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Is technology overuse hijacking our children’s brains?

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Joe Clement, teacher and author of “Screen Schooled” says overuse of technology is dangerous for young people.

A Chantilly, VA High School teacher says technology overuse and smart phones are making kids less intelligent.


JOE CLEMENT: When you give a cellphone to a young person, you're giving them infinite entertainment in their pocket. And then you add this tool to them that can obviously be very powerful, but it's also a tremendous distraction. That's a recipe for disaster in a classroom.

My name is Joe Clement and I am a public school teacher. I've been teaching high school for, this is my 30th year. And I have written a book with a co-teacher named Matt Miles and it’s called “Screen Schooled.” The initial intent was to explain what we had discovered about why there was this decline in the ability of young people to solve problems, to think critically, to focus, to interact socially.

People talk about the idea of multitasking and students aren't multitasking. What we've found over time is that what they're doing is what we call multi-switching. They have attention on the teacher, then they have attention on their phone and then they have attention on the teacher and they have attention on the phone. There's no continuity. But also in things like our young people today work less, they're involved in fewer extracurricular activities. They're dating less than generations that come before. And all of that is because the social media app on your phones is a substitute and it's a much lower risk connection than putting yourself out there in real life.

JOE CLEMENT: My wife, Molly, and I have three kids. We have tried to be as low tech as possible. We've decided that cell phones are not going to be part of their lives until they get to an age, you know, certainly into high school.

MOLLY CLEMENT: My daughter has a playdate over here, the kids know, you're gonna go and play on the creek path, and you're gonna play on the playground, and you're going to get dirty, and we're going to bake and you're going to color and play Barbies. And that's what we do in our home.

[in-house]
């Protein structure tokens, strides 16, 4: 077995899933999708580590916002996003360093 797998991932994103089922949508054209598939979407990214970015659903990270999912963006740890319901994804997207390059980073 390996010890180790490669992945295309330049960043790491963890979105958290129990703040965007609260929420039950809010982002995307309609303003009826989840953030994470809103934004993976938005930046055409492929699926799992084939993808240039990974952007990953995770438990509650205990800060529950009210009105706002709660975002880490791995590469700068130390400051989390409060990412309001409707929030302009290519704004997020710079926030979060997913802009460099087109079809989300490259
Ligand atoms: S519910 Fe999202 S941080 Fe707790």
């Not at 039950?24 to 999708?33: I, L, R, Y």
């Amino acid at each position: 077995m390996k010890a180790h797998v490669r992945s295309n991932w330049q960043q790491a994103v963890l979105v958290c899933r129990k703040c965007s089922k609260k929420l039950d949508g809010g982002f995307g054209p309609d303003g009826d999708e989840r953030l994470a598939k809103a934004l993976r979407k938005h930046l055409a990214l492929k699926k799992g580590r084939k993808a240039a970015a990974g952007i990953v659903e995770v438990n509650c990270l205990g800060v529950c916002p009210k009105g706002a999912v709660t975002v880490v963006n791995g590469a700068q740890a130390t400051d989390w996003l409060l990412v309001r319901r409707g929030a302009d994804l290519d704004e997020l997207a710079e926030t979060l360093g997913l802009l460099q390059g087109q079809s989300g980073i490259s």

ANNA CLEMENT: My favorite thing to do? Um, probably between play with my friends or just like, sit down and like with a good book and just read. Some my friends do use some phones, which I don't really like because there really isn't anything to do on a phone. It's just, you're gonna like, look on YouTube and stuff and I don't really think that's important, it doesn't have anything to do. I would rather like do something like be outside, or like, be doing something that doesn't involve being on a screen.

JOE CLEMENT: So when it comes to parental expectations, and what to expect in terms of cell phones in school, I would like to see a de-emphasis on the use of phones during the school day. My main piece of advice if you're if you're gonna get your kid a phone is to not text them during the school day, not communicate with your kid during the school day. And if you have any kind of monitoring device, monitor. Look, they're on social media, they're on Netflix, they're on pornography, they're playing video games all day long.

The biggest thing that we have to think about that I think we don't, is opportunity cost. What are kids not doing when they're on their phones? And what we know the 2022 Common Sense Media study says that teenagers are on their phones for over eight and a half hours a day, not at school. And what else could they be doing for that eight and a half hours? They could be taking a walk outside, they could be hanging out with their friends.


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